Oregon Encyclopedia

  • Myrtlewood Industry

    The Oregon myrtle (Umbellularia californica) grows in a ninety-square-mile area of southern Oregon and in much of California, where it is known as the California laurel. A slow-growing bay laurel, related to camphor and cinnamon, its leaves are used in perfumes, candles, incense, and (when dried) seasoning. The West …

    Oregon Encyclopedia

  • Oregon and the Film Industry

    Early Filmmaking in Oregon Motion pictures debuted in Oregon in 1894 when a kinetoscope arrived in Portland. The innovative technology allowed boxing matches, vaudeville acts, and other popular entertainment to be shown in penny arcades and peepshows and, after 1906, on the nickelodeon.  Soon early films were being projected in theaters, …

    Oregon Encyclopedia

  • Oregon, the name

    Two hundred and fifty years after the place-name Oregon appeared on maps and other documents, its etymology remains uncertain. Jonathan Carver’s widely read Travels through the Interior Part of North America in 1778 mentions that one of the rivers he had learned about from Indians was “the Oregon, or River …

    Oregon Encyclopedia

  • Pears and the pear industry

    European pears (Pyrus communis) thrive in the temperate climate of the coastal western states. Pear cultivation got its start in Oregon when Iowan Henderson Luelling brought two large boxes of fruit-tree sprouts—apples, pears, cherries, and more—to Oregon in 1847. Today, Oregon produces about 800 million pears annually, nearly 300 pears per …

    Oregon Encyclopedia

  • Raven Maps

    Named after the view that ravens bring to the landscape, Raven Maps and Images in Medford exemplifies niche creative-services. The idea of selling maps as art arose from a 1981 conversation between mapmaker Stuart Allan and marketing entrepreneur Michael Beard. Allan Cartography, Inc., had established a reputation as a specialty …

    Oregon Encyclopedia

  • Shari’s Café & Pies

    Ron and Sharon Bergquist opened the first Shari's restaurant—named after Sharon—in Hermiston, Oregon, in 1978. The couple had been living in Hermiston since 1974 and for a time operated the Blue Bucket Restaurant. An architect, Ron Bergquist had a vision for a new restaurant design and "Shari" Bergquist helped develop a menu of …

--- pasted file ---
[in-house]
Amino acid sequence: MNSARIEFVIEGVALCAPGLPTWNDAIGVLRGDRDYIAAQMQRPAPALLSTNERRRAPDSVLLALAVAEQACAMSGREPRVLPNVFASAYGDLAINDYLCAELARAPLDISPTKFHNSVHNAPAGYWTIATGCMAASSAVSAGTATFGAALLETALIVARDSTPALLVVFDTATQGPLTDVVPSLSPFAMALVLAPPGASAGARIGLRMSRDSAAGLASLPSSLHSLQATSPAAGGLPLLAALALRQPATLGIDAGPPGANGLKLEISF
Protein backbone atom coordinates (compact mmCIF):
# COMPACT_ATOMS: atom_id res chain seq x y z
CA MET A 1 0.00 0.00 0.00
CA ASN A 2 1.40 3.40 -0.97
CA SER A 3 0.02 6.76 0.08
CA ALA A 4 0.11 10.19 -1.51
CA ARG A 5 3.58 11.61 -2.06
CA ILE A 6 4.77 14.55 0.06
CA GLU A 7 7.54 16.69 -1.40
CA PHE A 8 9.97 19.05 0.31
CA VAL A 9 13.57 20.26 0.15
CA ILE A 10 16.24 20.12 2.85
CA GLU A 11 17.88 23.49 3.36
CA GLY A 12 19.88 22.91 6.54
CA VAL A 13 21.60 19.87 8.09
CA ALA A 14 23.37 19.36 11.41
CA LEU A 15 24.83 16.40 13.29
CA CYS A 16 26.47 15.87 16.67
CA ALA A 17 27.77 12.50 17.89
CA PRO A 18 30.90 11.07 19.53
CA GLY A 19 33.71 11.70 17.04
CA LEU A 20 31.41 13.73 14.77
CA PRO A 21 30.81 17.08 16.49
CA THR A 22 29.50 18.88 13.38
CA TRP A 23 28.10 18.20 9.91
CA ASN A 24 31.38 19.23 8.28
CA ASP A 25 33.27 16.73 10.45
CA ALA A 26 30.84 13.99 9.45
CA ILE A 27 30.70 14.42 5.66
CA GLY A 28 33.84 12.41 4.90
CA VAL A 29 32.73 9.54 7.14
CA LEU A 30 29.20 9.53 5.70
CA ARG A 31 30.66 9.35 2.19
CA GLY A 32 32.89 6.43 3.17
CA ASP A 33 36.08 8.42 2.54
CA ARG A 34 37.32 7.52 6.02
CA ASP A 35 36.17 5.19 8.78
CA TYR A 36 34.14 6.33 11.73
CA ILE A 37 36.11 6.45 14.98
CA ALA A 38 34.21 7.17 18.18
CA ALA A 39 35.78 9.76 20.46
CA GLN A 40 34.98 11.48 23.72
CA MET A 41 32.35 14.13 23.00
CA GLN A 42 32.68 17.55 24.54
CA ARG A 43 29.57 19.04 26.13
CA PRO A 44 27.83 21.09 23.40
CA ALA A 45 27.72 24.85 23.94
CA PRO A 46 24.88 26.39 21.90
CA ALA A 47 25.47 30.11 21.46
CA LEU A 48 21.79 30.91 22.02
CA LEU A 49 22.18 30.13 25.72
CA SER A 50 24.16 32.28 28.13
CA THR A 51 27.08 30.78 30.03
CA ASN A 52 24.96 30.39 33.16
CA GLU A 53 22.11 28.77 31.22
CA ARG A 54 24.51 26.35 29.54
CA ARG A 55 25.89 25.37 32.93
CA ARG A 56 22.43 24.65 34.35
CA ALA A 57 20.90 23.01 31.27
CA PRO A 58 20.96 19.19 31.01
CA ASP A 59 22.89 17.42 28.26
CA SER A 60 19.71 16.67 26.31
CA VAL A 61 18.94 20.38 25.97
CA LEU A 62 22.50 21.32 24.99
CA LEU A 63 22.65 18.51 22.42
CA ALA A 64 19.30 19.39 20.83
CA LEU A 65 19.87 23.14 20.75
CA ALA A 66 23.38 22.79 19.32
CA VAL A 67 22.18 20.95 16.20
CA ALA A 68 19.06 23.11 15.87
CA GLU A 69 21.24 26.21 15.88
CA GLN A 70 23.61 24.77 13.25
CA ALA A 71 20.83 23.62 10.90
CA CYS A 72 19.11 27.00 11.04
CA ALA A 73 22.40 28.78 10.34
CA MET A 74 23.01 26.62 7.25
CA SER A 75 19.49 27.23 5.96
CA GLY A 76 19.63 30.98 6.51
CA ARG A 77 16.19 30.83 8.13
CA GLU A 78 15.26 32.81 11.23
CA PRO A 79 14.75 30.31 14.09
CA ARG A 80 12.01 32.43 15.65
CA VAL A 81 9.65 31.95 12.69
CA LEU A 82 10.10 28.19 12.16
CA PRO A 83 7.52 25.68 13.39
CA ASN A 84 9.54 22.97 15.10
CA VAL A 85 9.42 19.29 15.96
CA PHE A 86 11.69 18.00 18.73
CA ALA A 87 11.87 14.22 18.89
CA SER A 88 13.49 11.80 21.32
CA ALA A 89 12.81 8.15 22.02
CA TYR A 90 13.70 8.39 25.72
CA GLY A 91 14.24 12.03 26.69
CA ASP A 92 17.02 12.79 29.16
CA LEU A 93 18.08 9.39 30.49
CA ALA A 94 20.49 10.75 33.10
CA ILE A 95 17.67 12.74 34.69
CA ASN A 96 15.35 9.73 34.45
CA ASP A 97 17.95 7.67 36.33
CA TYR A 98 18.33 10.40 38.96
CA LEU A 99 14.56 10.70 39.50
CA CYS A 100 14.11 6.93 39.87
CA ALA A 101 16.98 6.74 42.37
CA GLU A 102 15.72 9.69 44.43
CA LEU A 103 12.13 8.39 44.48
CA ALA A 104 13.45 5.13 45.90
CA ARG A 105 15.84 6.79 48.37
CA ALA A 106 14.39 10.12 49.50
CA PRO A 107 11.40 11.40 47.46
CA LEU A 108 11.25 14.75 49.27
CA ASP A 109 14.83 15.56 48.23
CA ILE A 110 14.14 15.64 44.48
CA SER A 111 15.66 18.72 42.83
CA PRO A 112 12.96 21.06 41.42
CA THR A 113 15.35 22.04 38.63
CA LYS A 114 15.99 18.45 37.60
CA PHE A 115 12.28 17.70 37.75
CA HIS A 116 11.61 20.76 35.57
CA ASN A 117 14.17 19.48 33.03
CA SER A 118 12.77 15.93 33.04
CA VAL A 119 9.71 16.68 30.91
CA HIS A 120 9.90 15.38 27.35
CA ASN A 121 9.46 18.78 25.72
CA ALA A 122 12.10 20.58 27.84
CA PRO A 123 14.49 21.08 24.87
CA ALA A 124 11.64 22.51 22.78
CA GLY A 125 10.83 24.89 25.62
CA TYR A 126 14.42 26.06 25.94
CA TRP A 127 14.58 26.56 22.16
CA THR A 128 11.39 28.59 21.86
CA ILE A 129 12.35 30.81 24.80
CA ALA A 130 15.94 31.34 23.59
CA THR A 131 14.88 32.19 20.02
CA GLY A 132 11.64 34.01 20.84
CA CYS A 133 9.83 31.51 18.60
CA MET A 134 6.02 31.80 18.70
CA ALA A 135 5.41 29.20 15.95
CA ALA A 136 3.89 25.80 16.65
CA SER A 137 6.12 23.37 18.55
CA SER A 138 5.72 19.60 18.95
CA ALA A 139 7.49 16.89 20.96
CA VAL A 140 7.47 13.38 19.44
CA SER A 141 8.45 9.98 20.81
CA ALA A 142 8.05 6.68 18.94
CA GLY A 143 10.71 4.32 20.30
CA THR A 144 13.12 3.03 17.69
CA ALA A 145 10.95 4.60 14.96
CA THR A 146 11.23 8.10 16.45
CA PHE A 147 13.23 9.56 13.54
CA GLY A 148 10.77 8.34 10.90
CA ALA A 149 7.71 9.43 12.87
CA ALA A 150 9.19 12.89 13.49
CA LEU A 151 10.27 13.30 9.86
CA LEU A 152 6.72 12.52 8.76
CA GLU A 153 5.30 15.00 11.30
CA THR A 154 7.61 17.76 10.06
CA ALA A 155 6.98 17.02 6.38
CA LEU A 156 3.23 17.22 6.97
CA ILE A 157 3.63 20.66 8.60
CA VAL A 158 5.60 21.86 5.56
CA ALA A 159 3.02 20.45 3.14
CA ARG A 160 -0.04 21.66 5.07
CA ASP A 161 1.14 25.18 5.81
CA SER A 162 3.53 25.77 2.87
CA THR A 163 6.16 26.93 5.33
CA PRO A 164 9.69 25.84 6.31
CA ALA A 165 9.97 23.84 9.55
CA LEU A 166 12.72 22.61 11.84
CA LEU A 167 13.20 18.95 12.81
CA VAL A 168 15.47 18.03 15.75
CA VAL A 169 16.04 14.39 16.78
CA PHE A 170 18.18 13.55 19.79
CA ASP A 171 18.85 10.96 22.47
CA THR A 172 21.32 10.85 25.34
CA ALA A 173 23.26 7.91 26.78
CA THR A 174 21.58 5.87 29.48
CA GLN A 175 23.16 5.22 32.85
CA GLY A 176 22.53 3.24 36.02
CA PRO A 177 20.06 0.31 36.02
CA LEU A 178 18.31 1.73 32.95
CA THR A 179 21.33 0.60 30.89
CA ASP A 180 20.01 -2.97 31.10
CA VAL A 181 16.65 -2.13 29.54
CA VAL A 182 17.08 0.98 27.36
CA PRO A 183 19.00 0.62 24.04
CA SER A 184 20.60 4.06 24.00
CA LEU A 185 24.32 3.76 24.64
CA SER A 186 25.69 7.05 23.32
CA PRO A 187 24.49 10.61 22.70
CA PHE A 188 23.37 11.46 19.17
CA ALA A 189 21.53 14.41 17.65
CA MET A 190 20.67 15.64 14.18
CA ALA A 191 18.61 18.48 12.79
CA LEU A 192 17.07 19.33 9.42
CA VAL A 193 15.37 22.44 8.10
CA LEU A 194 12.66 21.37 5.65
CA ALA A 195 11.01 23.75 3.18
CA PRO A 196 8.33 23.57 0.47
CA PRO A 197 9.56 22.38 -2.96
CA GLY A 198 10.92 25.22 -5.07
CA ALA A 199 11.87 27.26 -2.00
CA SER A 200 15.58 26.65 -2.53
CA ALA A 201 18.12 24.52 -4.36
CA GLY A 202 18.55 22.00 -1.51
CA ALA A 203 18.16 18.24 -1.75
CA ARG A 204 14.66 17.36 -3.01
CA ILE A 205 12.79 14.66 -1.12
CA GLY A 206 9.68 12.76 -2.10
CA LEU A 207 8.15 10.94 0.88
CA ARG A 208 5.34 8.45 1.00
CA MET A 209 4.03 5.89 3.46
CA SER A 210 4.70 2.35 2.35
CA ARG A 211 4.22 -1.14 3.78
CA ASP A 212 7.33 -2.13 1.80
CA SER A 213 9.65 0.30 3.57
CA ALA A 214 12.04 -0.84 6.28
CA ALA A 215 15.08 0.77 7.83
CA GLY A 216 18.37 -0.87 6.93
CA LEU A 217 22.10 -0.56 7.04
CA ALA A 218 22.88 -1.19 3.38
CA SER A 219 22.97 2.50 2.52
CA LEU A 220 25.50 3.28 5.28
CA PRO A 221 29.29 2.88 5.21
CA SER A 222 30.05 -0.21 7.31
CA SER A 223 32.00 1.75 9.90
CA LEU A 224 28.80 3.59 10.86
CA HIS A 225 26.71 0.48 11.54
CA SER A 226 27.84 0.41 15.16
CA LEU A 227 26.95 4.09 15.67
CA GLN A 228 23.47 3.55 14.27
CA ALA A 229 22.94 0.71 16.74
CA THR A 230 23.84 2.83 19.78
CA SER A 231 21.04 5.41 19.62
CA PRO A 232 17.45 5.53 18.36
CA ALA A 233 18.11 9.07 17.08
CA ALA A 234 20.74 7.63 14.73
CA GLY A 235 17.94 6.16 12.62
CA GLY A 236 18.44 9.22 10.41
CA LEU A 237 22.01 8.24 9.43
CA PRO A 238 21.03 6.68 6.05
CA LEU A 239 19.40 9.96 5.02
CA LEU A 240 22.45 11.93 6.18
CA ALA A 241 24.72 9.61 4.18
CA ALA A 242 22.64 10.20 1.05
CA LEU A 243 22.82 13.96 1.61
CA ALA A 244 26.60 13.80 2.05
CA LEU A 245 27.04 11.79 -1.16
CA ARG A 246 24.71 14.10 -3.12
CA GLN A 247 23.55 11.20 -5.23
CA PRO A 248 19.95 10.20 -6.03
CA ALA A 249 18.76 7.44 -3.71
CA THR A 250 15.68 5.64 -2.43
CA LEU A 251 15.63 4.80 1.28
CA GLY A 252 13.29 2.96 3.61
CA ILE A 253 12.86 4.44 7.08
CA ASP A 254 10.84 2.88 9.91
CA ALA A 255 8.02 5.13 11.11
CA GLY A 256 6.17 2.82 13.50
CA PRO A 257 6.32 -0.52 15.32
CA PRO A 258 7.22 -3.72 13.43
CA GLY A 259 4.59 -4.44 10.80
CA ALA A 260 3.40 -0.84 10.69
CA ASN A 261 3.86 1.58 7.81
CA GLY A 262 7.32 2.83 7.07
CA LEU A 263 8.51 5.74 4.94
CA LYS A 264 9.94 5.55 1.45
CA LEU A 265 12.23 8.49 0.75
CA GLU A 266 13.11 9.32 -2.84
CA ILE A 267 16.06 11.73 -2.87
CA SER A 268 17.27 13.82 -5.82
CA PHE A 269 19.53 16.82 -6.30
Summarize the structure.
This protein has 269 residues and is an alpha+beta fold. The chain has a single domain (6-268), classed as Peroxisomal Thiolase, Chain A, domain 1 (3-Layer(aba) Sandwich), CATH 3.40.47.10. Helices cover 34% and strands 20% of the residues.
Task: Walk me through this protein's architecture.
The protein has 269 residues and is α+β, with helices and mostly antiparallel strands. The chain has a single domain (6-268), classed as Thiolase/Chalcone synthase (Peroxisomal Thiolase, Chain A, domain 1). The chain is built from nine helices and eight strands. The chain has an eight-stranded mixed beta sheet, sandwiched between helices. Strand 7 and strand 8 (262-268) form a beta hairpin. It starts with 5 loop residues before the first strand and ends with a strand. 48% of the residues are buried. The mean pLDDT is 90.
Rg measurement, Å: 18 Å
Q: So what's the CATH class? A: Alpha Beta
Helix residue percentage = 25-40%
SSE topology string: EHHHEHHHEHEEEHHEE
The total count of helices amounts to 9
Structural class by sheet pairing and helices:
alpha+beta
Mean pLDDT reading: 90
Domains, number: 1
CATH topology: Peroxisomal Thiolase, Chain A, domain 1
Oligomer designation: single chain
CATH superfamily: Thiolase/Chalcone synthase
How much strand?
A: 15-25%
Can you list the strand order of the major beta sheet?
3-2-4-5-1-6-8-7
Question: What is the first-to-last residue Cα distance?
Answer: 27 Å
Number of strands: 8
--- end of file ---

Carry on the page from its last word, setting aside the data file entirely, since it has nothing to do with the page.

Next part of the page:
Oregon Encyclopedia

  • Thomas J. Autzen (1888-1958)

    You might say that Autzen Stadium at the University of Oregon owes its name to plywood. It is named in honor of Thomas John Autzen, a second-generation Portland lumberman who ushered in the age of plywood. Born on June 30, 1888, Autzen grew up in Hoquiam, Washington. His father, Peter …

    Oregon Encyclopedia

  • Tucker Sno-Cat®

    When Emmitt Tucker was a young boy in northwest Jackson County, he walked to school in the deep snow, just like his schoolmates. What was different about Tucker is that he did something about it. The founder of Tucker Sno-Cat® Corporation of Medford, one of the world's oldest and most successful …

    Oregon Encyclopedia

  • U.S. Fish and Wildlife Forensics Lab

    Who nailed a protected spotted owl to a park sign? Are ivory tusks from modern elephants or Ice Age mammoths? Are fish eggs sold as caviar actually from a sturgeon, or are they really from a paddlefish? Did a dried penis sold as an aphrodisiac come from a tiger or …

    Oregon Encyclopedia

  • United Bicycle Institute

    Ashland's United Bicycle Institute (UBI) is the largest trainer of certified bicycle mechanics in the United States and the only school in the world that teaches bicycle-frame building. Serving both enthusiasts and professionals, UBI has more than fifty classes annually, from basic repair to advanced mechanics, shop operation, and bicycle …

    Oregon Encyclopedia

  • White Stag Manufacturing

    The White Stag block is a renovated complex of environmentally friendly buildings in Old Town, Portland, which now houses the University of Oregon School of Architecture. The namesake White Stag building at 70 Northwest Couch Street, built in 1907, was originally known as the Hirsch-Weis building, after its owners Max …

    Oregon Encyclopedia